MLB: Please Stop the Madness!
After hitting Prince Fielder with a pitch, Pittsburgh Pirates reliever Matt Capps has been suspended for four games by MLB.
Capps hit Fielder in the shoulder two pitches after yielding a J.J. Hardy homerun. There was no previous warning issued by the umpires, yet they immediately tossed Capps from the game and the NL slapped him with a four-game suspension.
One inane comment from Joe Starkey of the Tribune-Review:
Capps, noted for his impeccable control, went 0-1 on Fielder before unleashing a fastball that sizzled toward the slugger’s skull. Luckily, Fielder got his right arm up in time and absorbed the blow on his shoulder. … But when a ball heads for a cranium in that situation, whether intended or not, Major League Baseball needs to act swiftly and severely.
So … regardless of whether a ball “intentionally” or “unintentionally” hits a batter in the head, MLB should suspend the pitcher?
Further, if a batter can’t get out of the way of pitch coming at his head, it’s the pitcher’s fault? Puh-leeze.
I know, I addressed this issue a month ago. And I’ll likely continue to address it every time MLB suspends a pitcher for doing his job, and every time MLB disempowers pitchers everywhere, and every time the Almighty Selig forcefully changes the game of baseball.
Starkey goes on further to state:
You can’t blame Capps for denying he meant to hit Fielder. There would be nothing to gain from admitting it, only more trouble. And it’s possible he simply lost control of the ball or meant only to move Fielder off the plate.
Point is, the pitch could have ended Fielder’s career. And the circumstances pointed overwhelmingly to an intentional act, which is why umpire Alfonso Marquez immediately and rightfully ejected Capps without warning.
“Point is, the pitch could have ended Fielder’s career.”
Please explain to me how it is that imbeciles like this are getting paid by newspapers to write this drivel?
Maybe I’m the moron, but last I checked, Major League hitters wear ear-flapped, impact-resistant headgear made from high-tech materials and built specifically to protect a human cranium from the force of a 100-MPH fastball. This isn’t 1920, when Ray Chapman’s only protection was a wool cap. Further, Major League hitters are the best in the world at what they do, in part because they have excellent eyesight and outstanding reflexes. That said, the reason hitters get hit by pitches is because they 1.) do not expect to get hit and 2.) have not practiced the art of getting out of the way.
Anyone who played baseball before 1985 knows the above to be true. For example, I played Little League baseball in the early 1980s. Back then, we kids weren’t dressed down with multiple pads, guards, facemasks, and other protective accessories. Instead, we were given a helmet, and we were taught to get out of the way. The coach would throw tennis balls at us as we stood at the plate, and we learned to bend our knees, duck, and turn our head toward the catcher — the idea being that if the ball was going to hit, it would hit you in the back or the meaty part of your backside. It sounds crazy, I know — learning to protect yourself, as opposed to being reliant on various pieces of plastic. Similarly, the pitchers were taught to follow through in such a way that they faced the batter after releasing the pitch, glove up and ready to field the ball. Batters and pitchers went through these drills because the possibility of getting hit by the ball was part of the game.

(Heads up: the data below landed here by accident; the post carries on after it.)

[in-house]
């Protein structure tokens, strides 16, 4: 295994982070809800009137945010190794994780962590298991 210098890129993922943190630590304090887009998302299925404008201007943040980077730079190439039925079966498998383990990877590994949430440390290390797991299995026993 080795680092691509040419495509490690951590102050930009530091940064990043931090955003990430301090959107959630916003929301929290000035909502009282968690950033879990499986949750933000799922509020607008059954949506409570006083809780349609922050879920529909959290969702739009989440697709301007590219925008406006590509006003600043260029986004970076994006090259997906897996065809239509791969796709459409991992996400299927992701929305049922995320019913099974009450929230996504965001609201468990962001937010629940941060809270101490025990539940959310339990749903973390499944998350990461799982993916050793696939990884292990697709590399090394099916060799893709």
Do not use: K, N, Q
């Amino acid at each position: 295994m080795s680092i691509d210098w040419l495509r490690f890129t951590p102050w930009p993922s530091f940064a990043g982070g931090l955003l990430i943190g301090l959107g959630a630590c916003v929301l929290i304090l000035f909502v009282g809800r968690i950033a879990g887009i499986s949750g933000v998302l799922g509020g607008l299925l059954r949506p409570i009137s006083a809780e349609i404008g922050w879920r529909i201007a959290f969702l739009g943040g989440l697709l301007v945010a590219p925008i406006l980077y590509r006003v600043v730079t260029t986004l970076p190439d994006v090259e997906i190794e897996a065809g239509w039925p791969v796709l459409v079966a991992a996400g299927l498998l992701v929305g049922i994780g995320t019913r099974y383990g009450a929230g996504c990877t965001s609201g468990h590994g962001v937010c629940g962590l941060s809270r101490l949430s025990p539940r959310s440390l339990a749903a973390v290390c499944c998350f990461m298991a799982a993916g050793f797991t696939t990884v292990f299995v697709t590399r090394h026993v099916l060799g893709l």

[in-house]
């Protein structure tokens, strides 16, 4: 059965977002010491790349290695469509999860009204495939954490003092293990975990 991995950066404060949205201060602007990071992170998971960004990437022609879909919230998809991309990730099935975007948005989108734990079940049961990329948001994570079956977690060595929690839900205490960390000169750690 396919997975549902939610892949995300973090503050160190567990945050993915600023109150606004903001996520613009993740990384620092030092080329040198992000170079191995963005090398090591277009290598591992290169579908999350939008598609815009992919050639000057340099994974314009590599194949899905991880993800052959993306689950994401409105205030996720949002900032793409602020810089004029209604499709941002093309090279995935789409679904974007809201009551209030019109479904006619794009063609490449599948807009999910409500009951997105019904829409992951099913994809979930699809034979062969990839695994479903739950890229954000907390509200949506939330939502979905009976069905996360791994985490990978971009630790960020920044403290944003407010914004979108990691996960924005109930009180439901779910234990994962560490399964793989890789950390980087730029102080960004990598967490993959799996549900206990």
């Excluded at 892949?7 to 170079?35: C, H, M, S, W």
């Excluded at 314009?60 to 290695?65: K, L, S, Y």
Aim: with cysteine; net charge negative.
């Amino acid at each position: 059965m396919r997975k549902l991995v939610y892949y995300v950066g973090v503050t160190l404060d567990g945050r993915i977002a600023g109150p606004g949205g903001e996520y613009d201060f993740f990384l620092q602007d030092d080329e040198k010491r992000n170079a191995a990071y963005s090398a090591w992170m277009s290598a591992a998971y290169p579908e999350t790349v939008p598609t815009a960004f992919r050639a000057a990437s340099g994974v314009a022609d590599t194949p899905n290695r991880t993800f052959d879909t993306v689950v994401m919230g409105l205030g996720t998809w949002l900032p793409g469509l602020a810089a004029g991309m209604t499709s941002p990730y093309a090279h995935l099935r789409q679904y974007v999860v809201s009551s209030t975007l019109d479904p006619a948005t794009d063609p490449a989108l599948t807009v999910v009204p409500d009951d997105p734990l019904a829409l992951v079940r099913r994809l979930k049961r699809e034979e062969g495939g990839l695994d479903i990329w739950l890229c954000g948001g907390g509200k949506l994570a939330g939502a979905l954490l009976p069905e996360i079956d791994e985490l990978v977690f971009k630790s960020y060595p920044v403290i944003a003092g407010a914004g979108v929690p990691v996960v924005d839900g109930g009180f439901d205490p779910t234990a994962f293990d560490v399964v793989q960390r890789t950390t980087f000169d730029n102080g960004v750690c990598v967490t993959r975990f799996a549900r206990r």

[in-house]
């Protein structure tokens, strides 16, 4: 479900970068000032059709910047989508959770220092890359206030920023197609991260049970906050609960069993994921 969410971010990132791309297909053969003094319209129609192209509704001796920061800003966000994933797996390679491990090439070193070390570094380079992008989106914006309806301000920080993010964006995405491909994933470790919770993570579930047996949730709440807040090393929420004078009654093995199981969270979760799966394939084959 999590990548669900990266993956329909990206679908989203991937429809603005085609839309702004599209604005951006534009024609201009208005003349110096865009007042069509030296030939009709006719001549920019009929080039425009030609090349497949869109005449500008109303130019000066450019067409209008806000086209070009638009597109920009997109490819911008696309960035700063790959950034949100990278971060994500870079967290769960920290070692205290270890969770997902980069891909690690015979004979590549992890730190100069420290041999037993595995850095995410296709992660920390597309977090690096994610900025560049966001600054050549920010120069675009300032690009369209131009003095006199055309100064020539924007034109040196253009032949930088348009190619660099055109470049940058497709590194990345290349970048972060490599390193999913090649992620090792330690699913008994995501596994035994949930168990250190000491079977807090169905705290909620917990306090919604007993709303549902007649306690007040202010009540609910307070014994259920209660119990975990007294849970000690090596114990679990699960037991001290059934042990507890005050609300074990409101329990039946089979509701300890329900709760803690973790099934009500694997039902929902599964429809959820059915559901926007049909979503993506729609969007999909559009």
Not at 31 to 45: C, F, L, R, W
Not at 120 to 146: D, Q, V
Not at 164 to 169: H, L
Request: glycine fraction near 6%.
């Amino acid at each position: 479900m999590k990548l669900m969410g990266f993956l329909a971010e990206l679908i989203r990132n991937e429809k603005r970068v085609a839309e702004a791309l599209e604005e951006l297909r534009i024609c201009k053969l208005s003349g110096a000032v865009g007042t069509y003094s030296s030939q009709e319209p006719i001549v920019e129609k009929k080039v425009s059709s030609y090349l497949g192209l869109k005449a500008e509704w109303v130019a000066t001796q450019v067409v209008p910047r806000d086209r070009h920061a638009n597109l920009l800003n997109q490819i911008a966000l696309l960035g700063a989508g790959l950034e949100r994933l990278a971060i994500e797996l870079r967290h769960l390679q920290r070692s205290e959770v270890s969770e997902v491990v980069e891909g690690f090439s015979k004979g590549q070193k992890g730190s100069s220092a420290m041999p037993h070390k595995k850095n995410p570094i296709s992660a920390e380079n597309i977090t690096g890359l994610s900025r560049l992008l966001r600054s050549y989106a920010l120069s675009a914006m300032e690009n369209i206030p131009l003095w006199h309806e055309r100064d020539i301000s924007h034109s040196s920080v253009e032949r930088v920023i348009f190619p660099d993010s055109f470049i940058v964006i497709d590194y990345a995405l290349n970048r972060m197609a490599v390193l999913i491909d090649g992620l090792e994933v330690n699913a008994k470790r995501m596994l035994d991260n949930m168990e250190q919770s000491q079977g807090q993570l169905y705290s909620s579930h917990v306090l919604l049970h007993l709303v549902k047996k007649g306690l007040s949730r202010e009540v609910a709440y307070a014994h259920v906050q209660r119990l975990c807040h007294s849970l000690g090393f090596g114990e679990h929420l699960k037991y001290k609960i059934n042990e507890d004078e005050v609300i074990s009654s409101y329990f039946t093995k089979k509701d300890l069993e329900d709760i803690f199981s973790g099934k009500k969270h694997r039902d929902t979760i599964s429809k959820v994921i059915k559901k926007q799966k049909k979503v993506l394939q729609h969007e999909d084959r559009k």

Strange, isn’t it, that pitchers don’t wear football gear, helmets, or face masks, when they are in direct line of the batter’s fire?
Question for Joe Starkey: if a pitcher gets hit in the head by a batted ball — intentionally or unintentionally — shoud MLB act “swiftly and severely” by suspending that batter for four games? Would you expect the umpire to throw the batter out of the game?
Hmm … when Carl Crawford hit a lightning line drive into Matt Clement’s skull in 2005, Crawford remained in the game. The umpires, I guess, thought that Crawford’s hit was unintentional.
But the point is, that hit could have ended Matt Clement’s career … so why was nothing done?
Further, how can we be so sure it was “unintentional” ? Ask any batter at any level of play what their goal is, and their answer is likely to be “to hit the ball up the middle”.
Why the double standard? Why is the batter allowed to hit the unprotected pitcher, but the heavily armored hitter is not responsible for getting out of the way?
Seriously people, let’s be logical about this. And instead of being so quick to throw pitchers out and suspend them, consider how these knee-jerk reactions are affecting baseball on the whole. Look at the situation that YOU created, MLB. Did Matt Capps hit Prince Fielder with a pitch? Or, in fact, was Prince Fielder irresponsible in avoiding the pitch? Because umpires continue to toss pitchers, and MLB subsequently suspends them, the real issue at hand — the fact that batters don’t know how to protect themselves — looms larger and more dangerous.
Forget about the implications of the strike zone getting smaller, because pitchers will be afraid to pitch inside. For the moment let’s focus on this problem: by telling pitchers they cannot hit batters, you are in effect telling batters that they won’t get hit. In turn, batters will not learn how to get out of the way, will continue to dive into the plate, and will stubbornly stand their ground as a pitch comes near their body.
MLB, by suspending Matt Capps, is not helping the situation — it is only making it worse.